flat assembler
Message board for the users of flat assembler.

Index > Heap > Computer Rumors

Goto page 1, 2  Next
Author
Thread Post new topic Reply to topic
kohlrak



Joined: 21 Jul 2006
Posts: 1421
Location: Uncle Sam's Pad
kohlrak
Now through my time, i've seen some interesting rumors about what should and what shouldn't be done when using a computer. I'm sure you've all seen your share of false rumors as well. I just thought, "What the heck? Why not just make a simple post about it here so we can just refer all the idiots to it instead of explaining over and over every time why we don't have to do that and that they don't need to yell at us for not doing that."

Probably the biggest one i've seen so far is the "The more you download, the slower your computer." Now of course, i'm sure we all can see where that came from. Yes, if you have a bunch of files on your computer, things'll get fagmented. Yes, there is also a statistical look of things that if you download alot you get alot of viruses that make your computer slower since they're hogging up things as well. But in all reality, if you defrag your drive once a week and that if you have good protection and/or are cautious of malware/spyware/etc, can you say that this rumor is true?

"Corperate programmers make the fastest and smallest cod out there." I don't think i need to comment that.

"He graduated from collage. He knows everything about computers." Once again, no comment neccessary.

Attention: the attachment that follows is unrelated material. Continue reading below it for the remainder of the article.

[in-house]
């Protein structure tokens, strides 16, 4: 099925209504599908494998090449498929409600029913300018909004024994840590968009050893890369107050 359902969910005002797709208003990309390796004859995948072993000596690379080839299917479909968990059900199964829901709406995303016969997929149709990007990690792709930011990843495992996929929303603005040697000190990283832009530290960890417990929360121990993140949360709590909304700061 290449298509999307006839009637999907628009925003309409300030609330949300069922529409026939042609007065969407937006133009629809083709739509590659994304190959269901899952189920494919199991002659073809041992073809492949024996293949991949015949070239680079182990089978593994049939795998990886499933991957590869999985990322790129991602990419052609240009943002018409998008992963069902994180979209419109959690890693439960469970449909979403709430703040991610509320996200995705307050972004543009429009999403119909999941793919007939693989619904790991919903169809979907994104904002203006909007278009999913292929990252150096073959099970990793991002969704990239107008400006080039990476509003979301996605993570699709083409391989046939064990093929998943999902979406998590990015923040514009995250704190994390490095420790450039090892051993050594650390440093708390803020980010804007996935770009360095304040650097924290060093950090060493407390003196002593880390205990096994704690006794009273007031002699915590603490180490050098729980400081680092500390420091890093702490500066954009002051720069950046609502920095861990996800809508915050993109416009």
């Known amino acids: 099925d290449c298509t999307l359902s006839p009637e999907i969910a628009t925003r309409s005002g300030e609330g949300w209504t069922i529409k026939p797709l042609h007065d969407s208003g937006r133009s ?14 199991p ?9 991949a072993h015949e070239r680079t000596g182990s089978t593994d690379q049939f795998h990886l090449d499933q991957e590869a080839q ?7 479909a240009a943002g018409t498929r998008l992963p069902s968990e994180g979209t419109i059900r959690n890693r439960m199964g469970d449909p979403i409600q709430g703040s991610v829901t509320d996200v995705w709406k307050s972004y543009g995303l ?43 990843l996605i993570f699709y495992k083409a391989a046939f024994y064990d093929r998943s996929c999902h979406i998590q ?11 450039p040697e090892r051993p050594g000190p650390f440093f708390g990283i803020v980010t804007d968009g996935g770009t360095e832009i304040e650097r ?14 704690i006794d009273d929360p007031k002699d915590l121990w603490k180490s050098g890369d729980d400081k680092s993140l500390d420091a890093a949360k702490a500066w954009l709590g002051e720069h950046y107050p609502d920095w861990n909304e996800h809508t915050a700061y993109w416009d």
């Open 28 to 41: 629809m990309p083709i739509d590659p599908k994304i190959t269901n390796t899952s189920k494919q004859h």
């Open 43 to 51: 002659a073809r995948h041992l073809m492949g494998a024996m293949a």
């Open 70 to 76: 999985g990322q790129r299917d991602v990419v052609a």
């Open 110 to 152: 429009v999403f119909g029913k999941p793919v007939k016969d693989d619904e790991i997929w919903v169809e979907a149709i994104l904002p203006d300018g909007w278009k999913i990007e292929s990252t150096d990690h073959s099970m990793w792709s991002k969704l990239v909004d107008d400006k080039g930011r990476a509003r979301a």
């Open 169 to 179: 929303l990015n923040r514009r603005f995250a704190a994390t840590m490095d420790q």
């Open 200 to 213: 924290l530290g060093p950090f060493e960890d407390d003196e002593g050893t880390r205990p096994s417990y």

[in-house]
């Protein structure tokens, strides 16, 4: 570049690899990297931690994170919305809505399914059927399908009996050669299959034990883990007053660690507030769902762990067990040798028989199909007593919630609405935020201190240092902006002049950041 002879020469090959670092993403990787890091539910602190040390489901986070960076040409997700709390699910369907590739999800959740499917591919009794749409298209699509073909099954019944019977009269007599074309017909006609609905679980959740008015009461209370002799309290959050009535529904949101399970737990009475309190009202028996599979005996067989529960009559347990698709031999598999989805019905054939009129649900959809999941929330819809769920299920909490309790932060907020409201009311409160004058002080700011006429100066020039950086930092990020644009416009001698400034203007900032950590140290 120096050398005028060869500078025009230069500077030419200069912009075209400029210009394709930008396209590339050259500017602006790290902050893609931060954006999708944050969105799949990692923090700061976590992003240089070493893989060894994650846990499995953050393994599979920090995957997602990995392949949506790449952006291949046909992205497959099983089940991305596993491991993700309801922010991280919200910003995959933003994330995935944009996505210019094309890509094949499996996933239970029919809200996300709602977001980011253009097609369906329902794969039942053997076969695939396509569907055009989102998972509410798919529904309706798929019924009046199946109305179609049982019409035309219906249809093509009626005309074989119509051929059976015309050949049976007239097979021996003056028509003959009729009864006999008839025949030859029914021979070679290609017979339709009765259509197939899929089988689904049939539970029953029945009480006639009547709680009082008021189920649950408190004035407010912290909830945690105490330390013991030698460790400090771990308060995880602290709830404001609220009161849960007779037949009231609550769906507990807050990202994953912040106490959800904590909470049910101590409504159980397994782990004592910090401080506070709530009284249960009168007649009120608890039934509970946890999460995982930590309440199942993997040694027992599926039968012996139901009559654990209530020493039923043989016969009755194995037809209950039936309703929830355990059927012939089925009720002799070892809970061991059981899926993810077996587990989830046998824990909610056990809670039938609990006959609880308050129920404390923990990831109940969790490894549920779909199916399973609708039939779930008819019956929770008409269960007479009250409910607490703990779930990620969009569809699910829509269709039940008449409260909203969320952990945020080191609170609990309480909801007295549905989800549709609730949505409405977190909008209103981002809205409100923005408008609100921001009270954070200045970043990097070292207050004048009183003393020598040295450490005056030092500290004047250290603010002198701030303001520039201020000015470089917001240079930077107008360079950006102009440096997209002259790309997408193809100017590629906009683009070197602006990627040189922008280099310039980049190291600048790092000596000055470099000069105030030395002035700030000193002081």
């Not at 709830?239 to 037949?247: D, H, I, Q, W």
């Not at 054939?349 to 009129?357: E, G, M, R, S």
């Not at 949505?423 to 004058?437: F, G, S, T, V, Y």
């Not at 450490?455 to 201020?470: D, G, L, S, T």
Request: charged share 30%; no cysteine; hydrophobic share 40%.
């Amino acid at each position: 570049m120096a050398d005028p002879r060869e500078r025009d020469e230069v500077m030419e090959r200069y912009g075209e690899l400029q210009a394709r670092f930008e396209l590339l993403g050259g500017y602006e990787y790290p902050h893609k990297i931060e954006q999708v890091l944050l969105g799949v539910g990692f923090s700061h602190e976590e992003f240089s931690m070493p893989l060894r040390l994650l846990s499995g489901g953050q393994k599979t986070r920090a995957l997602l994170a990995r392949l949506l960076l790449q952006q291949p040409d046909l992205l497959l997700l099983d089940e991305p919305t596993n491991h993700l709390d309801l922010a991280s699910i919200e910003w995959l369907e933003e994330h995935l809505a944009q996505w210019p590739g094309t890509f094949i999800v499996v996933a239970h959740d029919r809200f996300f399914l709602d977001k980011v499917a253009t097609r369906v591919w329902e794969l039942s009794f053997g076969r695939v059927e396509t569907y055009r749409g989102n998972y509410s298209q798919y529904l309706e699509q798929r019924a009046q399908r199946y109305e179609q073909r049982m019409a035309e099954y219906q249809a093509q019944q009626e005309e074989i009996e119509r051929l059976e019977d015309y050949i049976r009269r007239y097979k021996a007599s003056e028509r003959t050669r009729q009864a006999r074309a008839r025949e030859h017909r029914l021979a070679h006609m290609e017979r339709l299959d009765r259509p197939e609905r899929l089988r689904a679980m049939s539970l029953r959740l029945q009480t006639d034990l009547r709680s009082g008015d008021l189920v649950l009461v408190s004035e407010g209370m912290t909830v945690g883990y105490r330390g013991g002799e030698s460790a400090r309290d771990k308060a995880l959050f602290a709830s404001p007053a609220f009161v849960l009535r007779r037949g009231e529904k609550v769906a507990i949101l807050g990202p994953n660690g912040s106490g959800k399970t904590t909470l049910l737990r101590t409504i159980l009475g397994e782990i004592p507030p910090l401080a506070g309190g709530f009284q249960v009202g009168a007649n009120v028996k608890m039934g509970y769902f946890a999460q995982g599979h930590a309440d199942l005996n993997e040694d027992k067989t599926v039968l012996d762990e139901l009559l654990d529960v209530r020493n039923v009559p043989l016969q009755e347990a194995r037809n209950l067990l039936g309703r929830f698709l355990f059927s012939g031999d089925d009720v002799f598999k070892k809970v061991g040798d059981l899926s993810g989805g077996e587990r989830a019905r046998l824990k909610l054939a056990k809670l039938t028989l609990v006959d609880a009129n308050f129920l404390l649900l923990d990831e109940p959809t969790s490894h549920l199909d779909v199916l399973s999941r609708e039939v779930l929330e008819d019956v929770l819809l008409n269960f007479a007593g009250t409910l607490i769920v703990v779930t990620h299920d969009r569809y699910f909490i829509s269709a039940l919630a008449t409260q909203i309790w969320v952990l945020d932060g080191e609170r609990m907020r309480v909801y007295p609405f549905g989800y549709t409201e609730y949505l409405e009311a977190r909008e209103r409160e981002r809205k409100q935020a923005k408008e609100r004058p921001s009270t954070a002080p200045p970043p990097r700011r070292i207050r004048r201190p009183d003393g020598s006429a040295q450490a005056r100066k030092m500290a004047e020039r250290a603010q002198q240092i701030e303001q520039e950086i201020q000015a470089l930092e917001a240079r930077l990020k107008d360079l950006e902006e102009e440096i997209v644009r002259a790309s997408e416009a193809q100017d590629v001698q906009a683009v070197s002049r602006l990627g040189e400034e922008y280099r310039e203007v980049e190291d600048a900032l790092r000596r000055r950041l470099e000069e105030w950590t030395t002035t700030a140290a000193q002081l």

"AOL, MSN, and Yahoo cause viruses." They don't cause viruses, but they can be used to take advantage of stupid (and un-cautious people) to get a few on the computer.

I also heard one about not turning off your computer by holding down the power button. I have no clue where that came from, i do it all the time and have no problems. Can anyone give me a little more info on this rumor? Also, feel free to post your own. It'd be nice to get a nice huge list, so maybe we can refer people to this post or organize an alphabetical list of rumors on out computers to just copy and paste the truthes into an instant message window and/or email form.

EDIT: Forgot the most common of all the ones i've seen...

"Some one hacked my computer and stole my password." No, you got stupid and trusted someone with your password and/or you had a keylogger. Chances are, you got stupid.
Post 22 Apr 2007, 01:38
View user's profile Send private message Visit poster's website AIM Address Yahoo Messenger MSN Messenger Reply with quote